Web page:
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Gizmos and Stalwarts: A Report from the NAMM 2000 Show

Fueled by too many years of future shock and future think, one might expect that the first National Association of Music Merchandisers (NAMM) show of the 21st century would be the picture of post-modernity, a brave new world of music merchandising unimaginable to someone ten years ago. Has that happened? Well, yes and no, and less so than prognosticators might imagine. The landscape of NAMM, as seen in early February, stays the same the more it changes, advancing its technological bent, with refinements in the software section and-like everywhere-more and more evidence of dot-com culture.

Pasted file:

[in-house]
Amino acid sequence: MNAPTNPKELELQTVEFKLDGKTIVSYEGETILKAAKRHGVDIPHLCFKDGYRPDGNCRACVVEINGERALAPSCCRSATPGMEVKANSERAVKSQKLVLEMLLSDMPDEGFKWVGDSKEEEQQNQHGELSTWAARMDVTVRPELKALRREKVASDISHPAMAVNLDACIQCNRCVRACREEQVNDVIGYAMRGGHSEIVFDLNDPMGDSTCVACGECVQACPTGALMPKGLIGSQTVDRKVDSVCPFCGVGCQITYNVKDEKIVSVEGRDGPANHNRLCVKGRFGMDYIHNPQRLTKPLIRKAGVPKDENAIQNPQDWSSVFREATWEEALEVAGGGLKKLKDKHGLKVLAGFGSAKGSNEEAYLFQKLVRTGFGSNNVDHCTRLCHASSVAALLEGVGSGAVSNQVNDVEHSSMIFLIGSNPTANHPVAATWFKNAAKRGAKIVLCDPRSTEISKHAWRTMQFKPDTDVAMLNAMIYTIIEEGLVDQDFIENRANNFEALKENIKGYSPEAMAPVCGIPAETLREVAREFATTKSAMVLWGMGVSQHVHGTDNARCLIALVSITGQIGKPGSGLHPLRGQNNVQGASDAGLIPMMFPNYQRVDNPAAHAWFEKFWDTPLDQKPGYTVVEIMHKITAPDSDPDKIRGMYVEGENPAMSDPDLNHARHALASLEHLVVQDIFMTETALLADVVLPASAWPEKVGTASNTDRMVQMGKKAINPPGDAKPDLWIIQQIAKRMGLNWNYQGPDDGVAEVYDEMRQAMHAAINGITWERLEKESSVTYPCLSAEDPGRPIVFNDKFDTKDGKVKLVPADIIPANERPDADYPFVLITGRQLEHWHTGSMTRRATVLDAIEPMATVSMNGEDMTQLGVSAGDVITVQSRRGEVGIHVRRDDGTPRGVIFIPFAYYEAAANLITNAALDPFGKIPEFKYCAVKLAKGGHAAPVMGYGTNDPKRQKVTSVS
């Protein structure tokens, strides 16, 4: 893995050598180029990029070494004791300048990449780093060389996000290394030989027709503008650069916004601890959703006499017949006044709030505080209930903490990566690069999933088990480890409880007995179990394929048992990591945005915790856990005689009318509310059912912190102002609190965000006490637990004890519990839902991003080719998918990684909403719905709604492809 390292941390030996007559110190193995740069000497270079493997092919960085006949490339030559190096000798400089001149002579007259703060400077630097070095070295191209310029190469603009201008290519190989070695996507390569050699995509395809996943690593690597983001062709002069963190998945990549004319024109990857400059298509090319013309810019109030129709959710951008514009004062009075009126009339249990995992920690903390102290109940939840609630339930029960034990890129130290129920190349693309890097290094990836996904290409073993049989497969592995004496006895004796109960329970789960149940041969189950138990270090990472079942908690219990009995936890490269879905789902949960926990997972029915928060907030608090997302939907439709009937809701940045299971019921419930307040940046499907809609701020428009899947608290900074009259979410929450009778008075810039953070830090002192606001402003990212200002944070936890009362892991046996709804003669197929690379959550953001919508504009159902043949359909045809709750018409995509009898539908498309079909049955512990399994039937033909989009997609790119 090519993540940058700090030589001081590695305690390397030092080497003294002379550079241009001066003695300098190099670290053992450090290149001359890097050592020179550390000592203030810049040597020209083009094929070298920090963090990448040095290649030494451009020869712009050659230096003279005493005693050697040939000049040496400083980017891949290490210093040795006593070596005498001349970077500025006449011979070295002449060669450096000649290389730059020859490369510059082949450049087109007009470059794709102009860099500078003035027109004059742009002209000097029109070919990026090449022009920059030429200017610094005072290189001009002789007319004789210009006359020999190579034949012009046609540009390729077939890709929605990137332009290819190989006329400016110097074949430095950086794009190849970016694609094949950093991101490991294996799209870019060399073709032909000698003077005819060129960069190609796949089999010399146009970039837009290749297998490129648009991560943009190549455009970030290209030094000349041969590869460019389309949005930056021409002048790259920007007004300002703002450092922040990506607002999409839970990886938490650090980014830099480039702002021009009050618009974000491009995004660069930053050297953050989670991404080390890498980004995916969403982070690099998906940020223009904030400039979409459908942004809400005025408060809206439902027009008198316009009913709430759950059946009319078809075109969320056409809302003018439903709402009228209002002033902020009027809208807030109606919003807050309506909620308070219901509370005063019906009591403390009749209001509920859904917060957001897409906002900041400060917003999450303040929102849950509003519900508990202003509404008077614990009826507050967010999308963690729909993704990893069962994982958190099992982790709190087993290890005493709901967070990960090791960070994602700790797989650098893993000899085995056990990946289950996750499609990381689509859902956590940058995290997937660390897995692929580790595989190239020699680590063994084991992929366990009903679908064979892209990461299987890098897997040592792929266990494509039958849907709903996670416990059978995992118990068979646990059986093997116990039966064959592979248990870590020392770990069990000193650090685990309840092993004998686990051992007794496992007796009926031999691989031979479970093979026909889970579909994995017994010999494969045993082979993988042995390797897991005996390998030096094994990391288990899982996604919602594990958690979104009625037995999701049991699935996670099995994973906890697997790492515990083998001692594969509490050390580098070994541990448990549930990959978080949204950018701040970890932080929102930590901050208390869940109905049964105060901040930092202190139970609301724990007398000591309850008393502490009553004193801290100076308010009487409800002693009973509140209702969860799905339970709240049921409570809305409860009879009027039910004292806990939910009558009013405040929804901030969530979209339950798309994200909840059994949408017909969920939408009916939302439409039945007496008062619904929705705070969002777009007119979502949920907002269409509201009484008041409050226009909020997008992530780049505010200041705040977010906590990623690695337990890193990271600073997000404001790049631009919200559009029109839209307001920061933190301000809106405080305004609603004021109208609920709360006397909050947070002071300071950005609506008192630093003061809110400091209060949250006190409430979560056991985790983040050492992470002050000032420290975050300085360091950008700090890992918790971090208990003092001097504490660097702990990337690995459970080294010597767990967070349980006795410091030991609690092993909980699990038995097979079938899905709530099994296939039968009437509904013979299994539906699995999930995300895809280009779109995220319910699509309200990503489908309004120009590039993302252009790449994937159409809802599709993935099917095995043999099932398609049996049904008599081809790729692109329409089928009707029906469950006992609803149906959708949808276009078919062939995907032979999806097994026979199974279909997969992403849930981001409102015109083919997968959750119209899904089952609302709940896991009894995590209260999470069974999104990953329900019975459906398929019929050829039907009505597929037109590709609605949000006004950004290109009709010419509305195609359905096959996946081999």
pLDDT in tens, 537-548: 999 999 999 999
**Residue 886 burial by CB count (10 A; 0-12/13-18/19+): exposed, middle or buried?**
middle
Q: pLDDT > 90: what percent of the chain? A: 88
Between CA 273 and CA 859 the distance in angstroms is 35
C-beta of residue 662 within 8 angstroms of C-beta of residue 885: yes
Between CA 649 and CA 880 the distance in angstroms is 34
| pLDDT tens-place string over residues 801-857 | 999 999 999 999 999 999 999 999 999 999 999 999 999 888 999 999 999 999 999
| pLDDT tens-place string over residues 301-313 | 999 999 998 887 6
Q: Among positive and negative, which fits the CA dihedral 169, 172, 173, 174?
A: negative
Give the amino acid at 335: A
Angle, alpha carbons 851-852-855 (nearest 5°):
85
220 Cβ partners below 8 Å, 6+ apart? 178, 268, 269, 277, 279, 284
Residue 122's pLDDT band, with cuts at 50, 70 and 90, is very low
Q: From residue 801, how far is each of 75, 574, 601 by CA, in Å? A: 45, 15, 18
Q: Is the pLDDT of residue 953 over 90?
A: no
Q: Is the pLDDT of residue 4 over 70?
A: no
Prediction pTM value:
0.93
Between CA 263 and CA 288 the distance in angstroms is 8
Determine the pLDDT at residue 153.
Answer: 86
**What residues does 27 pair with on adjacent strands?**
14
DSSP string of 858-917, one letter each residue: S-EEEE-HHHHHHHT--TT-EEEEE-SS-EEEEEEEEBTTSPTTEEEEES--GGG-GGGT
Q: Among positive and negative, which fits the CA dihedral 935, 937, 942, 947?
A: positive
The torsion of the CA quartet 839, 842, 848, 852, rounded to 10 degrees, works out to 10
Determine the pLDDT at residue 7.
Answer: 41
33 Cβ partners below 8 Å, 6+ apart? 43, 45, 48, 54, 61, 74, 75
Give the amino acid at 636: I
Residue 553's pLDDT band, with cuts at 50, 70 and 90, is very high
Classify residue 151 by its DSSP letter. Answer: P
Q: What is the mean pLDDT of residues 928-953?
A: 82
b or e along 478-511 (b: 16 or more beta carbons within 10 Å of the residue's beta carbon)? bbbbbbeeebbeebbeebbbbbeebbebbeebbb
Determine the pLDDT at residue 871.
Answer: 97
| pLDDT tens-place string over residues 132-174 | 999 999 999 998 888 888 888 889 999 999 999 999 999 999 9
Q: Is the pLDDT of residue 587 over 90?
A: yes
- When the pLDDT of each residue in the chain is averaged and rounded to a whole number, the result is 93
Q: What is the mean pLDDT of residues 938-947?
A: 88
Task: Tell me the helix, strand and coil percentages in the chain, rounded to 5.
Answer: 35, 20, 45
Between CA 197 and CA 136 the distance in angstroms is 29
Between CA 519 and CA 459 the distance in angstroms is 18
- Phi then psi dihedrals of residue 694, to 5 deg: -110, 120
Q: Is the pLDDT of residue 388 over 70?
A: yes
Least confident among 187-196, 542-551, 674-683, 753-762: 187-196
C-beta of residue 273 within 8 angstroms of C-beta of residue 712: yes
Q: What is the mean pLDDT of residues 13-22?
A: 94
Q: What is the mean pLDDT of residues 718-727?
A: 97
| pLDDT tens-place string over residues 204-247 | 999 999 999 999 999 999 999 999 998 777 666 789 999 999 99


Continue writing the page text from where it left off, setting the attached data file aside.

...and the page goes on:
But the staples of the music business still ruled, and NAMM itself embodied reassurance through repetition. There were shameless, convention-kitschy cheesecake displays, as usual, via scantily clad young women at Dean Guitars and DJ-marketed Gemini, in stark contrast with the more staid and button-down piano exhibitors. Nobody told them that using sexist tactics to bait leering conventioneers is on the other side of good taste in the 21st century. Or is it?

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